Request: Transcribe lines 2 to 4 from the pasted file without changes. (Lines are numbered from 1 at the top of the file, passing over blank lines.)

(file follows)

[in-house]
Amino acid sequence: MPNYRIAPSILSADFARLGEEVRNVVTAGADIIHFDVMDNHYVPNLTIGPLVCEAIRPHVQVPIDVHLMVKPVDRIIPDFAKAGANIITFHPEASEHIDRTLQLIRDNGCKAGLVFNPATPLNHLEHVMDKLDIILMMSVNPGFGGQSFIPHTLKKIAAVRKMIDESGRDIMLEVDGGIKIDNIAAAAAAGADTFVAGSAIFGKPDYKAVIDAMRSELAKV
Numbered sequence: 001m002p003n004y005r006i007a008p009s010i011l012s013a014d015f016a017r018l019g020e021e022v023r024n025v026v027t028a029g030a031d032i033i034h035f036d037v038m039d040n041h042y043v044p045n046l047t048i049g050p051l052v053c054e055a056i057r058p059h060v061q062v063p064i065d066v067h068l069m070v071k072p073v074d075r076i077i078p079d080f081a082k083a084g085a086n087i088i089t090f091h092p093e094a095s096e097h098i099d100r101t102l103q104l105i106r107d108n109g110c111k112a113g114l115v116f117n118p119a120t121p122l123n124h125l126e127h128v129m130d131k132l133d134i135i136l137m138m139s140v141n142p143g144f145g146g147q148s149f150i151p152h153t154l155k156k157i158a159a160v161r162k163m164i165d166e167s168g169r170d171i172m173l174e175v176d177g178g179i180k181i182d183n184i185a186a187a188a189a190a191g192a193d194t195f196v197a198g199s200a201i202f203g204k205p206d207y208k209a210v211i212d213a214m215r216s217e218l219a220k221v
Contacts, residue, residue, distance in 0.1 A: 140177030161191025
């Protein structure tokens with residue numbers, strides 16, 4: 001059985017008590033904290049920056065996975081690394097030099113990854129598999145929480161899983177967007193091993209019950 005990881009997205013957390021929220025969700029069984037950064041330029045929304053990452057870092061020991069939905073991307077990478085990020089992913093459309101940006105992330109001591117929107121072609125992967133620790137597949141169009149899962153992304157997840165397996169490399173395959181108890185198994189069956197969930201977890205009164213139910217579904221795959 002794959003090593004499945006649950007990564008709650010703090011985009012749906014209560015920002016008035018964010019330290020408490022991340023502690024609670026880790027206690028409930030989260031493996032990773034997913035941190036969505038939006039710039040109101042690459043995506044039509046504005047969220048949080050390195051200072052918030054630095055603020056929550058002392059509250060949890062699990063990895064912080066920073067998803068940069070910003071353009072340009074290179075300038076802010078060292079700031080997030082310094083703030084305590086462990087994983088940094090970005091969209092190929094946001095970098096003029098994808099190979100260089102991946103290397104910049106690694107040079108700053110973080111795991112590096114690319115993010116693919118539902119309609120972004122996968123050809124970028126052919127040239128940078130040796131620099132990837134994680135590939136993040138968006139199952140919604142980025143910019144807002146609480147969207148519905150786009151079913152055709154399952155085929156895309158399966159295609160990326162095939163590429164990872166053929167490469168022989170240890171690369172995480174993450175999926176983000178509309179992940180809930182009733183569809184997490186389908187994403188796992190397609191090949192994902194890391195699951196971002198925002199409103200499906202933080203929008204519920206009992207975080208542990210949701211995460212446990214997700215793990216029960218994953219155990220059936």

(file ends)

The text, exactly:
Amino acid sequence: MPNYRIAPSILSADFARLGEEVRNVVTAGADIIHFDVMDNHYVPNLTIGPLVCEAIRPHVQVPIDVHLMVKPVDRIIPDFAKAGANIITFHPEASEHIDRTLQLIRDNGCKAGLVFNPATPLNHLEHVMDKLDIILMMSVNPGFGGQSFIPHTLKKIAAVRKMIDESGRDIMLEVDGGIKIDNIAAAAAAGADTFVAGSAIFGKPDYKAVIDAMRSELAKV
Numbered sequence: 001m002p003n004y005r006i007a008p009s010i011l012s013a014d015f016a017r018l019g020e021e022v023r024n025v026v027t028a029g030a031d032i033i034h035f036d037v038m039d040n041h042y043v044p045n046l047t048i049g050p051l052v053c054e055a056i057r058p059h060v061q062v063p064i065d066v067h068l069m070v071k072p073v074d075r076i077i078p079d080f081a082k083a084g085a086n087i088i089t090f091h092p093e094a095s096e097h098i099d100r101t102l103q104l105i106r107d108n109g110c111k112a113g114l115v116f117n118p119a120t121p122l123n124h125l126e127h128v129m130d131k132l133d134i135i136l137m138m139s140v141n142p143g144f145g146g147q148s149f150i151p152h153t154l155k156k157i158a159a160v161r162k163m164i165d166e167s168g169r170d171i172m173l174e175v176d177g178g179i180k181i182d183n184i185a186a187a188a189a190a191g192a193d194t195f196v197a198g199s200a201i202f203g204k205p206d207y208k209a210v211i212d213a214m215r216s217e218l219a220k221v
Contacts, residue, residue, distance in 0.1 A: 140177030161191025